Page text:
Illustrated Case Studies in the Maintenance Reliability Engineering World of Failure Analysis, Predictive Maintenance, and Non Destructive Evaluation
|Quoting specifications without full knowledge of what that specification really covers ... only promotes a false sense of security that eventually backfires. Take for instance spiral wound metallic gaskets (refer to "Machine Design - Case Study No. 8: Color Coding Communication Limitations ..."); these gaskets can be very dependable. There are many different specifications which cover every aspect of that gasket. In a new application where flange leaks were a problem, it was decided to go to the old dependable spiral wound gasket which was used extensively elsewhere, though in a less severe environment. The specification quoted was "API-601 with a stainless steel winding and '---' filler material". The problem here is that the specification doesn't make specifying the retaining ring obvious. Naturally, the vendor just went with the usual carbon steel outer ring. In this case the "usual" backfired, because these gaskets were exposed to a corrosive environment outside of the pipe flange, and the outer ring was being corroded away.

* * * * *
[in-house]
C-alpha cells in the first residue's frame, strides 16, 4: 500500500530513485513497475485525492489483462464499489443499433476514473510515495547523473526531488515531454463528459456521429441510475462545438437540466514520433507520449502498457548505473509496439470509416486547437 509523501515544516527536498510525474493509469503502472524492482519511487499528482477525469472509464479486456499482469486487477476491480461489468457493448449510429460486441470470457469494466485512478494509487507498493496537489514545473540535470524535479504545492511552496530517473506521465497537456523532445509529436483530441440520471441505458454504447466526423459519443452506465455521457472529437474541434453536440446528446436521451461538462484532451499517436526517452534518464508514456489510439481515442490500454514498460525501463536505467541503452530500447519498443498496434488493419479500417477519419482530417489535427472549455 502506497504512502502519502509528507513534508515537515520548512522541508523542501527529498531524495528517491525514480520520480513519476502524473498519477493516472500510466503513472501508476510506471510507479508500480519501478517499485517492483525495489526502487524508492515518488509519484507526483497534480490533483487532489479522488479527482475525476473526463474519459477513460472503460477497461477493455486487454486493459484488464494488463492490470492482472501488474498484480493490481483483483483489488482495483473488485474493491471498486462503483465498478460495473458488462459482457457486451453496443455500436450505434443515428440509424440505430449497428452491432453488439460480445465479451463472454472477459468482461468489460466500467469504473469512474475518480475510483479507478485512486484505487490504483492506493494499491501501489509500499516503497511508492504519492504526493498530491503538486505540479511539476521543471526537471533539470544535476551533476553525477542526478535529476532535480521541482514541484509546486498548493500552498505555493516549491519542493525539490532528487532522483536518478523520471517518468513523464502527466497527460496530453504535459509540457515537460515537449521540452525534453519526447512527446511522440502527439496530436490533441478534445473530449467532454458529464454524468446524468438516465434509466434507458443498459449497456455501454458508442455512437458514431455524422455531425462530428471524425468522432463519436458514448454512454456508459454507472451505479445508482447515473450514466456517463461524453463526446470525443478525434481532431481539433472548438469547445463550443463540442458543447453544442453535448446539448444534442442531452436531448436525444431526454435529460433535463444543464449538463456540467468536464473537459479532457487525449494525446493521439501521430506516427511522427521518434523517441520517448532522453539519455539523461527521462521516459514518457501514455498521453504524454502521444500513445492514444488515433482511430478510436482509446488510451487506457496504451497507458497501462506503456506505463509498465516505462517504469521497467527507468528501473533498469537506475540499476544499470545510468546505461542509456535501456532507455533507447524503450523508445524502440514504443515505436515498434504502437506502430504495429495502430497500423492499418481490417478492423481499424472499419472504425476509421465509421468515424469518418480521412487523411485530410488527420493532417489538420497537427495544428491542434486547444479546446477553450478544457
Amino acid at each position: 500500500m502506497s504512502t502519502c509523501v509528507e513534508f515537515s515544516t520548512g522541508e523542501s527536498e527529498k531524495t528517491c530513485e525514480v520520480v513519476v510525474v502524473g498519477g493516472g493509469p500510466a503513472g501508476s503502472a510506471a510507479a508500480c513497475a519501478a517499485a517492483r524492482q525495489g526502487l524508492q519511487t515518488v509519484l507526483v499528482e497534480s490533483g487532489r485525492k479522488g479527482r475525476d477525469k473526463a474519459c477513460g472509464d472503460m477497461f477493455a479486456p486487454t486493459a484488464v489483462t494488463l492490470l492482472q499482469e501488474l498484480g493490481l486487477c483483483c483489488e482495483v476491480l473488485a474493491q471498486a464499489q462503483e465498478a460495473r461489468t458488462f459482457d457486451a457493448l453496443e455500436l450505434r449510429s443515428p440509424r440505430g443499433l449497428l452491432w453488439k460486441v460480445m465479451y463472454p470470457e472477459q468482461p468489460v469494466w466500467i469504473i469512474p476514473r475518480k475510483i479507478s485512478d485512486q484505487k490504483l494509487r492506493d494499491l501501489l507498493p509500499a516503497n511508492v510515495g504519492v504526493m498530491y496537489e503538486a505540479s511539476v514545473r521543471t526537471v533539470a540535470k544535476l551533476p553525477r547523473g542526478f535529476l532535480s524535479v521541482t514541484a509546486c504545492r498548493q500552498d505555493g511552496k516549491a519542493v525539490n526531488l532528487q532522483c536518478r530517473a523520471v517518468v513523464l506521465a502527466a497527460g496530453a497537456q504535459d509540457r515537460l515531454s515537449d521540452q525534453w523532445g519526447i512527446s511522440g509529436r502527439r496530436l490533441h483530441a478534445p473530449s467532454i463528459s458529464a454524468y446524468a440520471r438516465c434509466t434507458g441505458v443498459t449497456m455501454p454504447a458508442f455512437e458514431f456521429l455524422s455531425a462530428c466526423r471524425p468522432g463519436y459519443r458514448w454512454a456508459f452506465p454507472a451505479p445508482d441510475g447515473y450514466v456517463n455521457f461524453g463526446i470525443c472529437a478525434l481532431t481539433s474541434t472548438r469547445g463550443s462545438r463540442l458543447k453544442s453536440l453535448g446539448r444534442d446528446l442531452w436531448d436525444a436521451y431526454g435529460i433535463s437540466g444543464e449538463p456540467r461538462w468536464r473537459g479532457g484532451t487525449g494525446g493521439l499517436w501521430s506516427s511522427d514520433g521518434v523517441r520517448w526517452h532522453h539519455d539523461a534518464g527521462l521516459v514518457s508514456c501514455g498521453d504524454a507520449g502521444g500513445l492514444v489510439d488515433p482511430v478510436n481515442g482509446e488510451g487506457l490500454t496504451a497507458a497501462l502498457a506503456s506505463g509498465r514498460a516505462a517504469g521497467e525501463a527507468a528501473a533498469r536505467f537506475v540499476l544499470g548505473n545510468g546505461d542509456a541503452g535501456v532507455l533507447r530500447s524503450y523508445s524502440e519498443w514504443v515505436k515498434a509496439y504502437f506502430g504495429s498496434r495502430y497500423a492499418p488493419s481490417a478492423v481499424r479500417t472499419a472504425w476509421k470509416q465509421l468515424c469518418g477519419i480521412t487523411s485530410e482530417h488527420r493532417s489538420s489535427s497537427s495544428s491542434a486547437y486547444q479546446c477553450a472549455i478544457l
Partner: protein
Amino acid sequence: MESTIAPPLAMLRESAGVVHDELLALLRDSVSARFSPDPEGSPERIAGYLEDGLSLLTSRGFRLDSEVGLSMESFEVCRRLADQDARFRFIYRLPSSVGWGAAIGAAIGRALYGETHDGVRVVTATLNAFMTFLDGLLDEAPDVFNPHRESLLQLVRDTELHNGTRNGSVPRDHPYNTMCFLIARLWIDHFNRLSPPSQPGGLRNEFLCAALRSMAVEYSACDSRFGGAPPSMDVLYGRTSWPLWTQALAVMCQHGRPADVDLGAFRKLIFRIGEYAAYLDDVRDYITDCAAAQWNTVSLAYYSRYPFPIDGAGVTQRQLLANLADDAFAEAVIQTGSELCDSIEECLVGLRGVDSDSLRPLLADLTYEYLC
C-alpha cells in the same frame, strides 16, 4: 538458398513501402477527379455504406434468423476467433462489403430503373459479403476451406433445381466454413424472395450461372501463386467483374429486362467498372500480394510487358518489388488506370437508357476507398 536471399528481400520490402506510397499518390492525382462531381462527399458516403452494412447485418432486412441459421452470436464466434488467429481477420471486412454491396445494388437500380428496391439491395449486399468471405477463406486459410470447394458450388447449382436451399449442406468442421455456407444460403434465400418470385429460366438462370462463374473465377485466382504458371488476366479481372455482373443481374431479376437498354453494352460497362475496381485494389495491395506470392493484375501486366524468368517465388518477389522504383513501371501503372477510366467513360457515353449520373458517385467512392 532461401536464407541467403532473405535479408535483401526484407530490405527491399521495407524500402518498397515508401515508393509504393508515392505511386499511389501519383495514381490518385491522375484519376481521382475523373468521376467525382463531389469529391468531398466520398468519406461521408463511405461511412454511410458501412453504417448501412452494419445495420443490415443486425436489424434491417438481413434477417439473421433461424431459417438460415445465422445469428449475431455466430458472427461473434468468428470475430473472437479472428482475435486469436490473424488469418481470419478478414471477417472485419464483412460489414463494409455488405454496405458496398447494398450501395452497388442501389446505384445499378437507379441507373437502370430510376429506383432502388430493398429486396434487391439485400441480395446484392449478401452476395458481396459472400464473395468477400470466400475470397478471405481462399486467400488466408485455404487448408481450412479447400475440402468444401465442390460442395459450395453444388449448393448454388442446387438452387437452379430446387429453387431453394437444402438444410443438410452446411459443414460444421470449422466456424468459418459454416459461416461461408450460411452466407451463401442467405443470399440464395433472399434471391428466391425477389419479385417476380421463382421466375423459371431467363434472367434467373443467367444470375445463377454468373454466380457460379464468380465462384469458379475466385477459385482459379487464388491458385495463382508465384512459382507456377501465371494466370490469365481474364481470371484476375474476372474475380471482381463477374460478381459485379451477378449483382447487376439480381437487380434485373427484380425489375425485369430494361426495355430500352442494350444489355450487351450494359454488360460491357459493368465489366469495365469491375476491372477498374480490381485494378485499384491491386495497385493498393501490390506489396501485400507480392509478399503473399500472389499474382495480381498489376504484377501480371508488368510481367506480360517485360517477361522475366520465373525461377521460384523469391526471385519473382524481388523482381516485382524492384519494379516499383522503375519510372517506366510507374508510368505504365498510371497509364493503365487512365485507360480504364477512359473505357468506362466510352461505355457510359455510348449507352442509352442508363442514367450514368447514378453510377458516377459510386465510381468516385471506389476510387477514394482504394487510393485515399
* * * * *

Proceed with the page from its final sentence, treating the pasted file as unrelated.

Using color coding can make life simple when training personnel to use the correct materials ... it can also make it hell. Take the spiral wound metallic gaskets in the example above. Every mechanic knew that yellow coded spiral wound gaskets were used up in another area. When first used down in another part of the plant the outer retaining ring corroded away and the gasket would begin to leak. The word was given to get 316 stainless steel gaskets because the "yellow ones are failing." Of course it would have helped to know what exactly was failing (refer to the first paragraph in "People - Case No. 4: Words of Wisdom ..."). Since the vendor heard "API-601 made out of 316 stainless steel", the vendor complied and supplied exactly what he was told. The new gaskets came in, and the winding which use to be 304 stainless steel (and coded yellow) was now 316 as requested (and coded green. by accepted unified standards). Since the outer ring material was never specifically addressed, the vendor supplied the default material which was carbon steel. Again the gaskets were failing (by way of the outer carbon steel retaining ring corroding away), and again no mention was given as to what exactly was failing .... just the gaskets, period. So now the word is out that even "the green ones are failing." When a proper failure analysis was done, it was overlooked that even with an upgraded outer ring made out of 316 stainless steel, the vendor would still color code the gaskets green according to accepted standards. When the gaskets were scheduled to be installed (more than 50) and they arrived on the site, the job was almost canceled because "those damn green ones leak!" Education about the infamous outer ring not being specifically addressed in the general color coding came to light, and the 50 gaskets were installed.
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